Game of Thrones co-star Kit Harington came home to his London flat last July after a night of partying and realized he lost the keys. No problem. He’d just climb into his first-floor window. Then he fell.
“Everyone always says you must have done it on set horse riding or running across glaciers or something cool,” sighs Harington about his shattered ankle. “I was an idiot. The ‘invincibility of youth’ and all that. I couldn’t even blame it on a film set. And I had avoided skiing for ages because I thought I’d break my ankle!”
The timing of his injury could have been worse. Season three, with Harington resuming his role as heroic Nights Watch member Jon Snow, was set to start production a couple weeks after his mishap, though the bulk of Harington’s scenes — particularly those shot in Iceland — weren’t scheduled until the winter. “I looked at scripts this year and there was a lot of action, more than last year,” Harington says. “But we could have been in more trouble had it happen [later in the year].”
To get a sense of the his injury’s importance, it’s helpful to have a sense of the Game of Thrones production machine. It’s larger than any TV show and takes longer to shoot each year than most feature films. There’s 160,000 square feet of sets and 27 series regulars. Season 3 had a trio of production units shooting in five countries (Croatia, Northern Ireland, Morocco, Iceland and a few scenes in the United States). When fans ask why HBO doesn’t order more than 10 episodes per season, producers say it’s the maximum number this whole operation can really handle while maintaining the show’s quality.
So what happens when key piece of that complex production machine gets temporarily benched?
Harington says the producers were “really great” about the situation. After all, with so many actors on the show, such unexpected challenges are pretty much inevitable. “I’m sure they were cursing my name behind my back,” he says. “I bought the line producer a nice bottle of whiskey because I felt so guilty.” Actors’ schedules were rearranged to give Harington maximum time to recover, and the Iceland shoot was pushed back a couple weeks. The production also occasionally used a double for a few scenes, such as showing Snow walking in the distance (the actor having “such distinctive hair” helped with the illusion, the producers semi-joked).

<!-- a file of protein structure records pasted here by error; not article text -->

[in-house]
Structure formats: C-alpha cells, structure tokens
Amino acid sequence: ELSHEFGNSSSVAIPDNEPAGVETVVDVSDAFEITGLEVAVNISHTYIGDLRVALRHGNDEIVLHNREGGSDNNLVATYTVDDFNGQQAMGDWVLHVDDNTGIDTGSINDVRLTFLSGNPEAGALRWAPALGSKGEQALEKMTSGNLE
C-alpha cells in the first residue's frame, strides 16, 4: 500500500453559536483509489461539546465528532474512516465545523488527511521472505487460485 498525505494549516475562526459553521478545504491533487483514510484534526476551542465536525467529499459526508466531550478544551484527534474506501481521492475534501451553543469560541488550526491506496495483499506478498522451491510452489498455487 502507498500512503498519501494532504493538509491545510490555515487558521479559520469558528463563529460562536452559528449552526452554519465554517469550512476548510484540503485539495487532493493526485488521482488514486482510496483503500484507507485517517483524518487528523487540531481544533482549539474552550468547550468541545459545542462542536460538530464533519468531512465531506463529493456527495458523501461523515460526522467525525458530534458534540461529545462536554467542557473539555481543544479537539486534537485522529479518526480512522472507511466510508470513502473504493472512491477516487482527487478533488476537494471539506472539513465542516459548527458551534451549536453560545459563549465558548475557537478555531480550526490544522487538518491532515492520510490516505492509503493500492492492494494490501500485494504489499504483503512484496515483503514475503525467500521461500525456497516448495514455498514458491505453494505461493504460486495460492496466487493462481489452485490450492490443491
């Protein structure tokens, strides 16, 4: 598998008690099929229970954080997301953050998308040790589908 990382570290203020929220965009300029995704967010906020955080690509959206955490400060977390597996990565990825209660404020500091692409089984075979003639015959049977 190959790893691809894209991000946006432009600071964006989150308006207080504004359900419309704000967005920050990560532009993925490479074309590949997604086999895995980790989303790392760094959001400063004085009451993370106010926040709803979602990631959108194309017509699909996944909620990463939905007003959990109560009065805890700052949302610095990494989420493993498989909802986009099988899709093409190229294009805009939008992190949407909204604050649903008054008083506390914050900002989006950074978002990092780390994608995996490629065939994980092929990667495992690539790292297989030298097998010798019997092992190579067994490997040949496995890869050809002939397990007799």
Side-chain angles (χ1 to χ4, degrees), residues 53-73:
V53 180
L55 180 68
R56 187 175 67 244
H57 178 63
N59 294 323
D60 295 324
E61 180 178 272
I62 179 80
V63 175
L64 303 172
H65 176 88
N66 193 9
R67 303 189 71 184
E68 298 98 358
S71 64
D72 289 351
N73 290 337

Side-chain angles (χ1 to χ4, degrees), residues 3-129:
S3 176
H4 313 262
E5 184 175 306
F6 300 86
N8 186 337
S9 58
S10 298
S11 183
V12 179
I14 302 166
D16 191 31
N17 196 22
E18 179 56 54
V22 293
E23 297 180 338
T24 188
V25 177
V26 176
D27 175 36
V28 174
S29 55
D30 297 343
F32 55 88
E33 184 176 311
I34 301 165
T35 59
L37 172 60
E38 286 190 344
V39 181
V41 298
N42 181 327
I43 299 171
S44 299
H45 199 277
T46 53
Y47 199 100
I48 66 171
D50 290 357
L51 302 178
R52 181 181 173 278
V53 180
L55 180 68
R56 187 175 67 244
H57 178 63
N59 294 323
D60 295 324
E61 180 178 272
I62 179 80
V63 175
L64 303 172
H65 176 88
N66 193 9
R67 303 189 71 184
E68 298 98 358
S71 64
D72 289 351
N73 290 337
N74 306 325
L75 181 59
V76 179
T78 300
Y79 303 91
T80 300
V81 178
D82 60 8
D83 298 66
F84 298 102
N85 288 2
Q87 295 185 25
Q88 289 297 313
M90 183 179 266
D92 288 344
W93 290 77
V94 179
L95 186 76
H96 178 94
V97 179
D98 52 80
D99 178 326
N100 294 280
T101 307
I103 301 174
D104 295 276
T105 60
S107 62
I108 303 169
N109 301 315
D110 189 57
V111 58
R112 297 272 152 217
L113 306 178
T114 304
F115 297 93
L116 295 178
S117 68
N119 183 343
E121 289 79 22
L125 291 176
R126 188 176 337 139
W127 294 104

Harington is typically not the sort of image-conscious actor who checks his own performance on the director’s tent monitors after each scene, but in Iceland he would frequently watch the playback to look at his gait to make sure audiences couldn’t notice a limp. “By time we got to Iceland he was moving well enough so you couldn’t really tell,” says showrunner David Benioff.
Yet watching somebody else play Jon Snow required a bit of patience. “I had ownership issues,” Harington says. “Even if it was just somebody walking I had a problem not going up to the guy and telling him how to do things differently. You don’t think you create a walk for a character, but you [do].”
That said, since production wrapped Harington says, “I’ve seen a lot of the footage and it looks great.” (And from what we’ve seen of season three, fans shouldn’t notice any difference).
So what can we expect from Jon Snow this season?
Plenty. With Snow having infiltrated the Wildling camp, expect the bastard-born Stark to meet the impressive Wildling leader Mance Rayder (Rome’s Ciarán Hinds) and wrestle with his own loyalties — with his Night’s Watch vows tested further by the comely Ygritte (Rose Leslie).
“He’s having to become a spy to go amongst Mance’s camp and find out when they’re planning to attack,” Harington says. “He has to convince the Wildlings that he’s not a spy, that he doesn’t want to be part of the Night’s Watch anymore. He faces a lot of suspicion. He has to continue to prove himself. Amongst that he has other tests that make him start to question whether he does want to be a part of the Night’s Watch. He has a lot of turmoil. It’s a very tempting way of life for him to join.”
17 DAYS OF THRONES
EW rolled out 17 Game of Thrones stories with exclusive and spoiler-free behind-the-scenes content, largely drawn from our Northern Ireland set visit last fall, leading up to the show’s season 3 premiere on March 31. After each episode air we’ll have our popular recaps (catch up on the recaps for the first two seasons here) and interviews. Follow me on Twitter @james_hibberd for Game of Thrones news and bookmark our Thrones hub here.